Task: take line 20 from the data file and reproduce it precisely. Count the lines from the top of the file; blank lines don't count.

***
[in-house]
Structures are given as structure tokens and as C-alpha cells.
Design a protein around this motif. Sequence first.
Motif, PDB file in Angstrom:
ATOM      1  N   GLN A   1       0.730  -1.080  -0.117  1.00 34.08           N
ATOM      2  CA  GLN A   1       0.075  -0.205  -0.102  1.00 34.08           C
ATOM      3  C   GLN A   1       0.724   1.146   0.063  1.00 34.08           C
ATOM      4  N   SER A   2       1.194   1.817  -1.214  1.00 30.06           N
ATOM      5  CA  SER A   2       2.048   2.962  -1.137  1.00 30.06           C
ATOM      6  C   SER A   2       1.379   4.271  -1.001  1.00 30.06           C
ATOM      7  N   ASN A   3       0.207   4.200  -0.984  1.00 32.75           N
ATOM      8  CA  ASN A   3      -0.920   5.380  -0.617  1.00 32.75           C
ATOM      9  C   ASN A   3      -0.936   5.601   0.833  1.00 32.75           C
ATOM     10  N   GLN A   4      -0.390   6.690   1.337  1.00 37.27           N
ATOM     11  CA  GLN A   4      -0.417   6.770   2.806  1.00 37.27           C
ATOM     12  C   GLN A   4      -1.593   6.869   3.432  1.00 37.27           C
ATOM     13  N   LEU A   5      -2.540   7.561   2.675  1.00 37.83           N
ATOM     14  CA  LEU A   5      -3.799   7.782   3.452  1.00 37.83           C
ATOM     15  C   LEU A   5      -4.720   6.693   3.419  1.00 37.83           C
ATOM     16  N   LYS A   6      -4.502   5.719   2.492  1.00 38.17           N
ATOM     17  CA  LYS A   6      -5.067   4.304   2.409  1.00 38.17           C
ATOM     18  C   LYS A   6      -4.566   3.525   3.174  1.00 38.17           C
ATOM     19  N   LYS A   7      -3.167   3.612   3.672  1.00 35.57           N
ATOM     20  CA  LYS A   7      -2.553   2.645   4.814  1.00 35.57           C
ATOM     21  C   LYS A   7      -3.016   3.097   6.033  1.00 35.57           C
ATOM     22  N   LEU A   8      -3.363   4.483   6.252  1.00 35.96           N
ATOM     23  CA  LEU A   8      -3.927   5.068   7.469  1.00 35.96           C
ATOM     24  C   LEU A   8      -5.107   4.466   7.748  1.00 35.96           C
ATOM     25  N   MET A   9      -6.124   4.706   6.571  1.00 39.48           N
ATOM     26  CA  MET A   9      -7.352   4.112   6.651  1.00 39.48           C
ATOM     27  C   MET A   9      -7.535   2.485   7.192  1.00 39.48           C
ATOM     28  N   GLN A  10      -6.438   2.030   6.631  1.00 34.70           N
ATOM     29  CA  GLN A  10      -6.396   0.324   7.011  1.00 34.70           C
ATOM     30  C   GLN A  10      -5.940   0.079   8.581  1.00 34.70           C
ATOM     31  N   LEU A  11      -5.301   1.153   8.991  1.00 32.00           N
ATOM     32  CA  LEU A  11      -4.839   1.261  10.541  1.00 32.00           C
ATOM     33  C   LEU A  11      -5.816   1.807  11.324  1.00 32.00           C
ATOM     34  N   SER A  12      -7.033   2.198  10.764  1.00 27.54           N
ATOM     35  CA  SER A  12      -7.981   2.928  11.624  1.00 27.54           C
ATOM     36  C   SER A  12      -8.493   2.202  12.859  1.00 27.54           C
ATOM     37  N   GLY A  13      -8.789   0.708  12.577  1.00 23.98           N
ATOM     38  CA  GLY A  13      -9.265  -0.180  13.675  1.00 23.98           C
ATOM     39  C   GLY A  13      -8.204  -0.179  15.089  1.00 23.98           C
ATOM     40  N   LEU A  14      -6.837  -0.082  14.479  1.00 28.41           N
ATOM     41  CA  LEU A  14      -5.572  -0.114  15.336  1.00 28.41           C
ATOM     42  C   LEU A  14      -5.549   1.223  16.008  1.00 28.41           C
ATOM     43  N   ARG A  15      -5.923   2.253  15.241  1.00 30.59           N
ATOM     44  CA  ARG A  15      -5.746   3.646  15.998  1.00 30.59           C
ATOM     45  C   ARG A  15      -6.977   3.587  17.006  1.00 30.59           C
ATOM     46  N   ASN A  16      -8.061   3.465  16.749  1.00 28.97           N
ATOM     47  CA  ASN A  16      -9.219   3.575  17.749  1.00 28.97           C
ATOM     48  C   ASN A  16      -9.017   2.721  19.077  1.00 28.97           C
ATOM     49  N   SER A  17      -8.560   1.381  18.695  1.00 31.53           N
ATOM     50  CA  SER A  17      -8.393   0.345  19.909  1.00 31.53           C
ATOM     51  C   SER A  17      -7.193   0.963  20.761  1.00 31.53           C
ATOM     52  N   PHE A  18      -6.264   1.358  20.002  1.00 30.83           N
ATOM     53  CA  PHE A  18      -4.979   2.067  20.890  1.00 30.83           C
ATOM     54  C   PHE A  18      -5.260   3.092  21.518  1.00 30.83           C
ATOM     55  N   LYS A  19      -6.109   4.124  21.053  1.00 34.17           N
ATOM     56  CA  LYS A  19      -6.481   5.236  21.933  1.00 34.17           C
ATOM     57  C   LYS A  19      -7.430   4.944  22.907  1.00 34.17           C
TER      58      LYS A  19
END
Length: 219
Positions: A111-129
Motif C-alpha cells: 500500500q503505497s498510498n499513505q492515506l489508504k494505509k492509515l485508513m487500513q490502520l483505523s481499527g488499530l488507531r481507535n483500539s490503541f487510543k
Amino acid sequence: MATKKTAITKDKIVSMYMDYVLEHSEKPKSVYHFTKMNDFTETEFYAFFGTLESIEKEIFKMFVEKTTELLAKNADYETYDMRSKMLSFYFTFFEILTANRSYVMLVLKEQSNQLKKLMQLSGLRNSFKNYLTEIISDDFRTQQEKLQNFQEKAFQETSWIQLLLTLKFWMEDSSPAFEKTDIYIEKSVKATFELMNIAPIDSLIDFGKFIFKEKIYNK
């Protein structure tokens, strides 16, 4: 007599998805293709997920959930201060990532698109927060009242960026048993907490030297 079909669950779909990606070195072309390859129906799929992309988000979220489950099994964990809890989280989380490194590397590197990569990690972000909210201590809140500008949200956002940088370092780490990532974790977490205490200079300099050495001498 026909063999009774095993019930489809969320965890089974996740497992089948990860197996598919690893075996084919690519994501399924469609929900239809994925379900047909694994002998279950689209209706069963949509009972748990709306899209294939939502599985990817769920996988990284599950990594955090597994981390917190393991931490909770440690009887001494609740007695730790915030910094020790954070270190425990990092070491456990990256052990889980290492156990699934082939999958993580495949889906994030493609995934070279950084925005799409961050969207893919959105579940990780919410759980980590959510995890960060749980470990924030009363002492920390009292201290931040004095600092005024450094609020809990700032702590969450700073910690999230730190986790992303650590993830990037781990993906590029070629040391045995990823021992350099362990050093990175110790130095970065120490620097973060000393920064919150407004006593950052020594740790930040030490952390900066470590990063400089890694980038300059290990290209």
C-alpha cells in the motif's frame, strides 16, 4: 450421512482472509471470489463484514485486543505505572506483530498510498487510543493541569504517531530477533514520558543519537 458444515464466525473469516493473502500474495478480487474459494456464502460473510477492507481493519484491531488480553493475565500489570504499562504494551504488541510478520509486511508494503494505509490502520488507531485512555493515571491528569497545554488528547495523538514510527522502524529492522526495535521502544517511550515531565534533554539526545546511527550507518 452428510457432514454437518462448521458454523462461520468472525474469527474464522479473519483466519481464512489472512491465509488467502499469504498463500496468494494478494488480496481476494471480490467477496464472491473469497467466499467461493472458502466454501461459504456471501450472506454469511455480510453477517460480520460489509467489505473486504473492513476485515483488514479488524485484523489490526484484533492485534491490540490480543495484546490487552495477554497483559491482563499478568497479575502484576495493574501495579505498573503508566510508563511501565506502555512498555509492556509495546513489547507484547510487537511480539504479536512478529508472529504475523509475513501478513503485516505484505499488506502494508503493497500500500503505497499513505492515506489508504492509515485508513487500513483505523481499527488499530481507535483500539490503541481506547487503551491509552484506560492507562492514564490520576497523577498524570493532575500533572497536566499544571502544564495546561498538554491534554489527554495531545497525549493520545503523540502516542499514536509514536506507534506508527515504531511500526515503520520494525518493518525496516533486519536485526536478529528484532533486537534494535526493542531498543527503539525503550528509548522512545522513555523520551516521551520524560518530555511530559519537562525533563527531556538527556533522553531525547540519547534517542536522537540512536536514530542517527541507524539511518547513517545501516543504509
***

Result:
ATOM     16  N   LYS A   6      -4.502   5.719   2.492  1.00 38.17           N